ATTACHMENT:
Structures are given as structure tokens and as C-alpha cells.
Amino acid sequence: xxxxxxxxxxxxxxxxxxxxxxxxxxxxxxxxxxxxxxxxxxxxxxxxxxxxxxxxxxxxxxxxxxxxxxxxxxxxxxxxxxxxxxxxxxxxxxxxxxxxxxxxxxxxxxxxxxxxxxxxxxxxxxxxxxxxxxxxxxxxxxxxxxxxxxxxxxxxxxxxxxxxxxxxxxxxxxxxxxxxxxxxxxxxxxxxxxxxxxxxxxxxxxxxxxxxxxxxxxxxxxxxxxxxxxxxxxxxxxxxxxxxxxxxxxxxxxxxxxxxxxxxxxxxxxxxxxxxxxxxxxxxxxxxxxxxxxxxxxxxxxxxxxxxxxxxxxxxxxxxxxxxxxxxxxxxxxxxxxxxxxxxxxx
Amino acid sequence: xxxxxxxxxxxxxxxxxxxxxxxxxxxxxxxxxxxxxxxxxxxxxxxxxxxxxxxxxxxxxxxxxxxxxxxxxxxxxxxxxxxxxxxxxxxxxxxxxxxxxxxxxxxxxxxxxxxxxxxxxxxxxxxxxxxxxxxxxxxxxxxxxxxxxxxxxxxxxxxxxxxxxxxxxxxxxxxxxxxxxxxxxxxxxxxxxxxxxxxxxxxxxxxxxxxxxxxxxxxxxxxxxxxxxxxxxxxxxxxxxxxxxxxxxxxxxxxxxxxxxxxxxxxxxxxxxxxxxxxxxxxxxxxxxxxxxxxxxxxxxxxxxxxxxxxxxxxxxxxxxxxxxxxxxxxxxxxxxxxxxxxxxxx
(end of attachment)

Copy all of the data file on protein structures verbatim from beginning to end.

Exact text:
Structures are given as structure tokens and as C-alpha cells.
Amino acid sequence: xxxxxxxxxxxxxxxxxxxxxxxxxxxxxxxxxxxxxxxxxxxxxxxxxxxxxxxxxxxxxxxxxxxxxxxxxxxxxxxxxxxxxxxxxxxxxxxxxxxxxxxxxxxxxxxxxxxxxxxxxxxxxxxxxxxxxxxxxxxxxxxxxxxxxxxxxxxxxxxxxxxxxxxxxxxxxxxxxxxxxxxxxxxxxxxxxxxxxxxxxxxxxxxxxxxxxxxxxxxxxxxxxxxxxxxxxxxxxxxxxxxxxxxxxxxxxxxxxxxxxxxxxxxxxxxxxxxxxxxxxxxxxxxxxxxxxxxxxxxxxxxxxxxxxxxxxxxxxxxxxxxxxxxxxxxxxxxxxxxxxxxxxxx
Amino acid sequence: xxxxxxxxxxxxxxxxxxxxxxxxxxxxxxxxxxxxxxxxxxxxxxxxxxxxxxxxxxxxxxxxxxxxxxxxxxxxxxxxxxxxxxxxxxxxxxxxxxxxxxxxxxxxxxxxxxxxxxxxxxxxxxxxxxxxxxxxxxxxxxxxxxxxxxxxxxxxxxxxxxxxxxxxxxxxxxxxxxxxxxxxxxxxxxxxxxxxxxxxxxxxxxxxxxxxxxxxxxxxxxxxxxxxxxxxxxxxxxxxxxxxxxxxxxxxxxxxxxxxxxxxxxxxxxxxxxxxxxxxxxxxxxxxxxxxxxxxxxxxxxxxxxxxxxxxxxxxxxxxxxxxxxxxxxxxxxxxxxxxxxxxxxx